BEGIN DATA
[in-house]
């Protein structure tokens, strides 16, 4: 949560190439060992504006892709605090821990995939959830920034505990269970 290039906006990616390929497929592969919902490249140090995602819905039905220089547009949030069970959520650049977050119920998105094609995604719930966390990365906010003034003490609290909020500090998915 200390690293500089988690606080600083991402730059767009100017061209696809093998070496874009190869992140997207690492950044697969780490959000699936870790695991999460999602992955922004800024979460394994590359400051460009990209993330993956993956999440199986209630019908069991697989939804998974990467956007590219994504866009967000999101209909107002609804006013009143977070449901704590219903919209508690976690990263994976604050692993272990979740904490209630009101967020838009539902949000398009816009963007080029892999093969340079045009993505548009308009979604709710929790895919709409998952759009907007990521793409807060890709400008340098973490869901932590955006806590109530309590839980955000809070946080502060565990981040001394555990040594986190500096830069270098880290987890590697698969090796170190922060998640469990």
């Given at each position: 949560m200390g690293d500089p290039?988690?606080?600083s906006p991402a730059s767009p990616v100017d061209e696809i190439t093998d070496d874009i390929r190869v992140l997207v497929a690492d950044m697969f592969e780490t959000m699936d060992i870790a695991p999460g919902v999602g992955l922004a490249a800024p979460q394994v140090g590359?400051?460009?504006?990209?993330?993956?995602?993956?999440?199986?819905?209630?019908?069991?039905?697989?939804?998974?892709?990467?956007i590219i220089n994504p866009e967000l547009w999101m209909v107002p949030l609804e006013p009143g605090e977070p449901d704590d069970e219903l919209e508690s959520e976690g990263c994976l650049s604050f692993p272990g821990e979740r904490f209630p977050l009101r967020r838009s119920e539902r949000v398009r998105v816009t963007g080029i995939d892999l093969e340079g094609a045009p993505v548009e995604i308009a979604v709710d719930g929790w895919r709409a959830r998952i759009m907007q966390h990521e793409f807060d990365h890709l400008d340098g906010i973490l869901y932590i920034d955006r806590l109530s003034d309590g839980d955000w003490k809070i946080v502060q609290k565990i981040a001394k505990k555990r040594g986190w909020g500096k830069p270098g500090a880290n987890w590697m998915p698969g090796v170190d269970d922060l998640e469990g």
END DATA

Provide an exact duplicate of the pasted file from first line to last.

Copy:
[in-house]
């Protein structure tokens, strides 16, 4: 949560190439060992504006892709605090821990995939959830920034505990269970 290039906006990616390929497929592969919902490249140090995602819905039905220089547009949030069970959520650049977050119920998105094609995604719930966390990365906010003034003490609290909020500090998915 200390690293500089988690606080600083991402730059767009100017061209696809093998070496874009190869992140997207690492950044697969780490959000699936870790695991999460999602992955922004800024979460394994590359400051460009990209993330993956993956999440199986209630019908069991697989939804998974990467956007590219994504866009967000999101209909107002609804006013009143977070449901704590219903919209508690976690990263994976604050692993272990979740904490209630009101967020838009539902949000398009816009963007080029892999093969340079045009993505548009308009979604709710929790895919709409998952759009907007990521793409807060890709400008340098973490869901932590955006806590109530309590839980955000809070946080502060565990981040001394555990040594986190500096830069270098880290987890590697698969090796170190922060998640469990």
């Given at each position: 949560m200390g690293d500089p290039?988690?606080?600083s906006p991402a730059s767009p990616v100017d061209e696809i190439t093998d070496d874009i390929r190869v992140l997207v497929a690492d950044m697969f592969e780490t959000m699936d060992i870790a695991p999460g919902v999602g992955l922004a490249a800024p979460q394994v140090g590359?400051?460009?504006?990209?993330?993956?995602?993956?999440?199986?819905?209630?019908?069991?039905?697989?939804?998974?892709?990467?956007i590219i220089n994504p866009e967000l547009w999101m209909v107002p949030l609804e006013p009143g605090e977070p449901d704590d069970e219903l919209e508690s959520e976690g990263c994976l650049s604050f692993p272990g821990e979740r904490f209630p977050l009101r967020r838009s119920e539902r949000v398009r998105v816009t963007g080029i995939d892999l093969e340079g094609a045009p993505v548009e995604i308009a979604v709710d719930g929790w895919r709409a959830r998952i759009m907007q966390h990521e793409f807060d990365h890709l400008d340098g906010i973490l869901y932590i920034d955006r806590l109530s003034d309590g839980d955000w003490k809070i946080v502060q609290k565990i981040a001394k505990k555990r040594g986190w909020g500096k830069p270098g500090a880290n987890w590697m998915p698969g090796v170190d269970d922060l998640e469990g």